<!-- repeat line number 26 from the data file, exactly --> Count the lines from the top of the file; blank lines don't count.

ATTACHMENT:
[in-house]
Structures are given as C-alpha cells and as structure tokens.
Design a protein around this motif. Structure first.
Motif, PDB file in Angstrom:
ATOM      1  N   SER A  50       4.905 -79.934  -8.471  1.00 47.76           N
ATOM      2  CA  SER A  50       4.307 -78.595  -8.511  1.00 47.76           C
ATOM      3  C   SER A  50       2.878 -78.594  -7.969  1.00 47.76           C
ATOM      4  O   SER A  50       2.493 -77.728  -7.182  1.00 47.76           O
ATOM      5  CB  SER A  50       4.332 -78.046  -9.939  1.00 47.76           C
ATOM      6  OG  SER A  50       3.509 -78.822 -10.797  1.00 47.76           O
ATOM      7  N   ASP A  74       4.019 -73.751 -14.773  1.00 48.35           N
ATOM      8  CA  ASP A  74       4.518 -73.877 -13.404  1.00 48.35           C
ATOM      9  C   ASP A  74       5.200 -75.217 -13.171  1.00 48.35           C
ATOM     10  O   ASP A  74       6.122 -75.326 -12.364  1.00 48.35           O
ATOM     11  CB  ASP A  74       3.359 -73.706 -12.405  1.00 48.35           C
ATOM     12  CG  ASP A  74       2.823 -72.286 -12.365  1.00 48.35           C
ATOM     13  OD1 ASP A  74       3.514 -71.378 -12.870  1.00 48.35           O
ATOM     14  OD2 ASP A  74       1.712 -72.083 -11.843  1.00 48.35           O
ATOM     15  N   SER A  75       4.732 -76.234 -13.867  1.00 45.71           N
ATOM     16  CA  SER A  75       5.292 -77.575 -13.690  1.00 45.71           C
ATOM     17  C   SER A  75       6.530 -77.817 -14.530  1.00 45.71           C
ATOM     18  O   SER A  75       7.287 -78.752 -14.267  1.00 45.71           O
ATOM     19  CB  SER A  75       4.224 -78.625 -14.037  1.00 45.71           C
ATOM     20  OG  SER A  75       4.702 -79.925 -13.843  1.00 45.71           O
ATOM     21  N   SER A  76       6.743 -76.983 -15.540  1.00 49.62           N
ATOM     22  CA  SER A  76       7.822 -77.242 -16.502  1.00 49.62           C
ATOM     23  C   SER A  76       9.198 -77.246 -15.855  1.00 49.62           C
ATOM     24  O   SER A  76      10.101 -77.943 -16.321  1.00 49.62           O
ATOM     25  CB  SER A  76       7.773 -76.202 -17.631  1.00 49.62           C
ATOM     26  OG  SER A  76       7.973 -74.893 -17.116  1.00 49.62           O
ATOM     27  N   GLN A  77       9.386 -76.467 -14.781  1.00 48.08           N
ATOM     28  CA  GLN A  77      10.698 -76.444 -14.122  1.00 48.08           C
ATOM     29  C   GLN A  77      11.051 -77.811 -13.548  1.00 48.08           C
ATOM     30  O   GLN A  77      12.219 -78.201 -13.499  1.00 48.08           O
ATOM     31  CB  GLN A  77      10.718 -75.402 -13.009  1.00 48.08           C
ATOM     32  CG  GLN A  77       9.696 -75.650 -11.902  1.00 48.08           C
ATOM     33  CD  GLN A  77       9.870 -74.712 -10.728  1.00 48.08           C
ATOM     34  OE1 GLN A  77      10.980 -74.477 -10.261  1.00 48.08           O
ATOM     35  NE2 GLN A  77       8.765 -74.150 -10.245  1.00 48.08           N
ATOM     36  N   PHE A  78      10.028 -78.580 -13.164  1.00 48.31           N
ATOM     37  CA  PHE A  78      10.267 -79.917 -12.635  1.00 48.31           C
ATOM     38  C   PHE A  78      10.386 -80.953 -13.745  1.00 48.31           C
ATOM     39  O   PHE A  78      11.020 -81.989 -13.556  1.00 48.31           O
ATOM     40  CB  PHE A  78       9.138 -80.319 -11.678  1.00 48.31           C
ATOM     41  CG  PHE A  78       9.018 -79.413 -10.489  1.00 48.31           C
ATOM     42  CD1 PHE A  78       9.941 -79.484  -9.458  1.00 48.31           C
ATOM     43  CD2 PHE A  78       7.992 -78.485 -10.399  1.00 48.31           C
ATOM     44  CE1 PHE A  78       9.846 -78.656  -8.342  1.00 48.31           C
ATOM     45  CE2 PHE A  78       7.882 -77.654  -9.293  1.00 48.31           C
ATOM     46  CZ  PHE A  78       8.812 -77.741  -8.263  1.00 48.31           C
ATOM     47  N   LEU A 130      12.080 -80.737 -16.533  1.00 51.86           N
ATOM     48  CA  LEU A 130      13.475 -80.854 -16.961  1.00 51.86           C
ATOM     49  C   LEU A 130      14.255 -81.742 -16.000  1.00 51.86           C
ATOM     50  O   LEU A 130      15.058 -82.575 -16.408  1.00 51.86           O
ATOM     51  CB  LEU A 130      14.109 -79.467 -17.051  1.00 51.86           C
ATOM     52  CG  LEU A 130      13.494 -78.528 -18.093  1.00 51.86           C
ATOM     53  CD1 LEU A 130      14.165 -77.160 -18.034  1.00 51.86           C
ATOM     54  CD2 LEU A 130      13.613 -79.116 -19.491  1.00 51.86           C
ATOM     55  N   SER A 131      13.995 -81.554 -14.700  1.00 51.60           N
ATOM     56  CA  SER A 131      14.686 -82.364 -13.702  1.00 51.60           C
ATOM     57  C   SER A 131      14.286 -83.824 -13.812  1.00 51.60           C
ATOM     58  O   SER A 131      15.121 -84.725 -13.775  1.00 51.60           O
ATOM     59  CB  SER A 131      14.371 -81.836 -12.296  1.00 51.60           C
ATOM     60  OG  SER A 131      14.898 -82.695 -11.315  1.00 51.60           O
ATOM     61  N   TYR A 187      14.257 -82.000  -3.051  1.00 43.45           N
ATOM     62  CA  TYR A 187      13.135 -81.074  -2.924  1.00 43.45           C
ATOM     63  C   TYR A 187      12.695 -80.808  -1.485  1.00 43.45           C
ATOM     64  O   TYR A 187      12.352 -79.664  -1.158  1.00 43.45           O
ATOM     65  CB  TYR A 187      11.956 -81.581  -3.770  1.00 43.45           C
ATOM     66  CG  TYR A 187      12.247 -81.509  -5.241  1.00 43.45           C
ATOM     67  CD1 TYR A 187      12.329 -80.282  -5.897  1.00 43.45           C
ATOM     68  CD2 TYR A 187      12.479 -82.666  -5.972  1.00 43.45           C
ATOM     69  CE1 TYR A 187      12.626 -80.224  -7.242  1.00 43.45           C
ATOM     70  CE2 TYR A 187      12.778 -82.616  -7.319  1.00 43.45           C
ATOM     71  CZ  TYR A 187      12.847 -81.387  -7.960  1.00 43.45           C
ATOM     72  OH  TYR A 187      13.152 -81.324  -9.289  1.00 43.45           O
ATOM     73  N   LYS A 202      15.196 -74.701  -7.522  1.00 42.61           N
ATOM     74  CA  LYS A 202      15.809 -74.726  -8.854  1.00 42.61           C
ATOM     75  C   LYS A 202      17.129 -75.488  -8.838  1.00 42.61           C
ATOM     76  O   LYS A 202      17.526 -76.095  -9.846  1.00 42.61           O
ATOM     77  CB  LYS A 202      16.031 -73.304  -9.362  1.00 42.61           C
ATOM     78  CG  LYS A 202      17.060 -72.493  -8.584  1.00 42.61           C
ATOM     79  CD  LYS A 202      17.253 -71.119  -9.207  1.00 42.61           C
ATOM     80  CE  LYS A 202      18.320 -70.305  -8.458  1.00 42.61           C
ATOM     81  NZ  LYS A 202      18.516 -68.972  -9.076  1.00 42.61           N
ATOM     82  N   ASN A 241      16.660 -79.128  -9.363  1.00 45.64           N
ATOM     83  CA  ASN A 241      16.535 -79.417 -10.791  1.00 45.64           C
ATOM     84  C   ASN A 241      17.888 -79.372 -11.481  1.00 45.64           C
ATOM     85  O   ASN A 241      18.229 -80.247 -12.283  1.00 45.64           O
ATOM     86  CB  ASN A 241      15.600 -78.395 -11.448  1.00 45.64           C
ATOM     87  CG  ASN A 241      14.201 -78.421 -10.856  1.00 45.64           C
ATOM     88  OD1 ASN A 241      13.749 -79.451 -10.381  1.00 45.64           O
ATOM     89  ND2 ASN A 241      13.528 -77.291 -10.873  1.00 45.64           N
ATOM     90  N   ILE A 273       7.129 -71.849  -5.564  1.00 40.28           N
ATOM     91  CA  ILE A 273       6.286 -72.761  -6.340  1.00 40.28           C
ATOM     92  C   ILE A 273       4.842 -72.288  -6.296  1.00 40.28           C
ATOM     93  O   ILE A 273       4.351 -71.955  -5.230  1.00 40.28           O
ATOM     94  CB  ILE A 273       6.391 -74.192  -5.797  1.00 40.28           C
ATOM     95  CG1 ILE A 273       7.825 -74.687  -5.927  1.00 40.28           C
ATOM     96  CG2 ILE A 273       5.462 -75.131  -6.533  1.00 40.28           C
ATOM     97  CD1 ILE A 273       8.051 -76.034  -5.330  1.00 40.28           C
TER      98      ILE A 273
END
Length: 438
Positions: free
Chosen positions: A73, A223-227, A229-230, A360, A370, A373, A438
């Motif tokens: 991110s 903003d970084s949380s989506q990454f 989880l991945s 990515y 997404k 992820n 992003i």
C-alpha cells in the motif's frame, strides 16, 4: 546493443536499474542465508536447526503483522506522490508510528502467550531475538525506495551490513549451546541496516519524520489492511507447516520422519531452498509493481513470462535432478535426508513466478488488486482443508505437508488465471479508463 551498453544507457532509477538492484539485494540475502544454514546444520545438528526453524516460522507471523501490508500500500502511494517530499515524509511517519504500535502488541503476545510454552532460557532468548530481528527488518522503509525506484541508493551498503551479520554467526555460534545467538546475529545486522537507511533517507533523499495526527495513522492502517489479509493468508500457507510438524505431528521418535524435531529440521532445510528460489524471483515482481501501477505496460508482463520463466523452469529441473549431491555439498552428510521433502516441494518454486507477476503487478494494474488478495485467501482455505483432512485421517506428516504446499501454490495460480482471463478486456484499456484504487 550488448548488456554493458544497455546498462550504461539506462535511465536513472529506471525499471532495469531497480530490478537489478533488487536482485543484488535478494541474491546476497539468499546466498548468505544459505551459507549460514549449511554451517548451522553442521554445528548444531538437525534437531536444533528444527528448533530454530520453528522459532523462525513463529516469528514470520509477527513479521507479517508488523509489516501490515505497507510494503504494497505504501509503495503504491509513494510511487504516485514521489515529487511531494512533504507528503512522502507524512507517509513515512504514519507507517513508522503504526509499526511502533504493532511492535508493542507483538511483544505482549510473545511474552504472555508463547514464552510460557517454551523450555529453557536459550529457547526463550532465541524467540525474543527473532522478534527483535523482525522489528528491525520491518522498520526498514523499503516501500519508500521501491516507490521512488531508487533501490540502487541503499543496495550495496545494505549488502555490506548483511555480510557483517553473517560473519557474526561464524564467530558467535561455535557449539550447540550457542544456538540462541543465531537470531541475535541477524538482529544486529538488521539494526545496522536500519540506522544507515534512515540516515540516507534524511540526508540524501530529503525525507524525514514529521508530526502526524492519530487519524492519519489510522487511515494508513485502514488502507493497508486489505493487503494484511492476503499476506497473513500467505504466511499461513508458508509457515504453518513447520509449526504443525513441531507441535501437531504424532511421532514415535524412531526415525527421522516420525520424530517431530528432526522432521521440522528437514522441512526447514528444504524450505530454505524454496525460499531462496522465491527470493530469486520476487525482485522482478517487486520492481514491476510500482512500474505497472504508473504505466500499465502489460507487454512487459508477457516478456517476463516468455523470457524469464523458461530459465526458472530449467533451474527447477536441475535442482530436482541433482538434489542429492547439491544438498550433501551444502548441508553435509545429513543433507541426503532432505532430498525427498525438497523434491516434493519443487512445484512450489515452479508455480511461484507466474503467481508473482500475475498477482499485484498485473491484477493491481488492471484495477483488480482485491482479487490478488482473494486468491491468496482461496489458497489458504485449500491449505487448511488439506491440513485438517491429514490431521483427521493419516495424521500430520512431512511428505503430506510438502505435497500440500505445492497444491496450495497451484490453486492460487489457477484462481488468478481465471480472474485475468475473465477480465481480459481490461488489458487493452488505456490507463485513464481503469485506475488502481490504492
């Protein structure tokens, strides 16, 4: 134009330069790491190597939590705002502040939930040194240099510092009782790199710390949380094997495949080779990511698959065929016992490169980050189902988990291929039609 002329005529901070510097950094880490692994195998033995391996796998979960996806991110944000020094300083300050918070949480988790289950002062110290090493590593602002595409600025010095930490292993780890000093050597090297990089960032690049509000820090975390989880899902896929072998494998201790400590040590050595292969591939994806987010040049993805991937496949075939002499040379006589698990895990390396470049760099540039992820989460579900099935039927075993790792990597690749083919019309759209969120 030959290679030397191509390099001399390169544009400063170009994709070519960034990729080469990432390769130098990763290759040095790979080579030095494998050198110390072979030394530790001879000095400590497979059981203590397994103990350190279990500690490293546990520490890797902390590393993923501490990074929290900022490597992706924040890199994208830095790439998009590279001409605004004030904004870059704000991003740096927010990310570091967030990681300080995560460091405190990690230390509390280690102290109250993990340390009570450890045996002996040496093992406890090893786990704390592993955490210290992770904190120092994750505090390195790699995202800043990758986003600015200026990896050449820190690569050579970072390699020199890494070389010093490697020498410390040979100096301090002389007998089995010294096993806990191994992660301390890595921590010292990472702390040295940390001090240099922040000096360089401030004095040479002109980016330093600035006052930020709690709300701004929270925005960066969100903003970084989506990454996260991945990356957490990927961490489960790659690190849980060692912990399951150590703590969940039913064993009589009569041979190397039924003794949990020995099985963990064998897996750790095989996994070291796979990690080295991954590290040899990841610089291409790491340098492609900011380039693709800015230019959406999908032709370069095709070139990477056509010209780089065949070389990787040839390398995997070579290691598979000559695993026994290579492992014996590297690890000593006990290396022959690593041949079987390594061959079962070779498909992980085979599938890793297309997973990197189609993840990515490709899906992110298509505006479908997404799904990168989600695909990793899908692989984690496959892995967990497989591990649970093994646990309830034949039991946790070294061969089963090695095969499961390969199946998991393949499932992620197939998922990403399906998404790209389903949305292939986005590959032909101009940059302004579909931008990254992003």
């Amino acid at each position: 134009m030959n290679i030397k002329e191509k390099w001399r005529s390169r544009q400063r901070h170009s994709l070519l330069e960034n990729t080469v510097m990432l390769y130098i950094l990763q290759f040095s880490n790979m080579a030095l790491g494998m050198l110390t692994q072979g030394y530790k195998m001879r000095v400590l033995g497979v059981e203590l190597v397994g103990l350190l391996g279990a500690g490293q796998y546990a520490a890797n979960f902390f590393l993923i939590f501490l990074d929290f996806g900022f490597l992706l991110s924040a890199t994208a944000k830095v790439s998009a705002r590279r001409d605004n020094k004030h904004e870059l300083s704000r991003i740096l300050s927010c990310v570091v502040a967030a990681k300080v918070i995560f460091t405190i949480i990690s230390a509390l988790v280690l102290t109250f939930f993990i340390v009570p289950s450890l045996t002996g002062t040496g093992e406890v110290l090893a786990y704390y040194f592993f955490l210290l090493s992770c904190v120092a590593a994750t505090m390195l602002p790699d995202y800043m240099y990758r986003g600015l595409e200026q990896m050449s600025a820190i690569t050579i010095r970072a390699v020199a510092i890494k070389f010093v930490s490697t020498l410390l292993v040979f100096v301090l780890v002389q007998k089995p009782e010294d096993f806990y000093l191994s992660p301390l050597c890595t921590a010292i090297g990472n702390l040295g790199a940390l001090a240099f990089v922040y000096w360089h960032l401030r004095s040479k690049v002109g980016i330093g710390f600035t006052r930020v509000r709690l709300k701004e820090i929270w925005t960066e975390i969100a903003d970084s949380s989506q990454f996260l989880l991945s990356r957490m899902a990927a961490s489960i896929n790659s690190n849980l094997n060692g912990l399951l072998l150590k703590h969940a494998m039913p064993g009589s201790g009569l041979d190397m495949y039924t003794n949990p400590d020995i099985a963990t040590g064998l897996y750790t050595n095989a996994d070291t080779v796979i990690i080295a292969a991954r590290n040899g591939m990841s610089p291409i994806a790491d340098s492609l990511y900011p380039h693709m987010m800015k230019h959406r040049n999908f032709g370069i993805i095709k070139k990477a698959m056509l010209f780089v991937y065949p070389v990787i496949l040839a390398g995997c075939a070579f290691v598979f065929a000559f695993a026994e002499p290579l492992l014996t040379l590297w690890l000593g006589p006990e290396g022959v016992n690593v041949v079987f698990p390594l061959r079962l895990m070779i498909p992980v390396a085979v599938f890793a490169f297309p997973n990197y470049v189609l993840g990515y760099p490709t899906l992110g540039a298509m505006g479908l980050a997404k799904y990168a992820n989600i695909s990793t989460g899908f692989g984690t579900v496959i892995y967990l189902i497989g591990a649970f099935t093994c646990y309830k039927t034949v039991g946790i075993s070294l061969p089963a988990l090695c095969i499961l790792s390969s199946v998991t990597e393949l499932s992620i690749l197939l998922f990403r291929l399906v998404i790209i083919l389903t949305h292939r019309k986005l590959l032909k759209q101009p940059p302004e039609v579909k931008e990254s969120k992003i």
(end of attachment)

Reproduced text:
ATOM     22  CA  SER A  76       7.822 -77.242 -16.502  1.00 49.62           C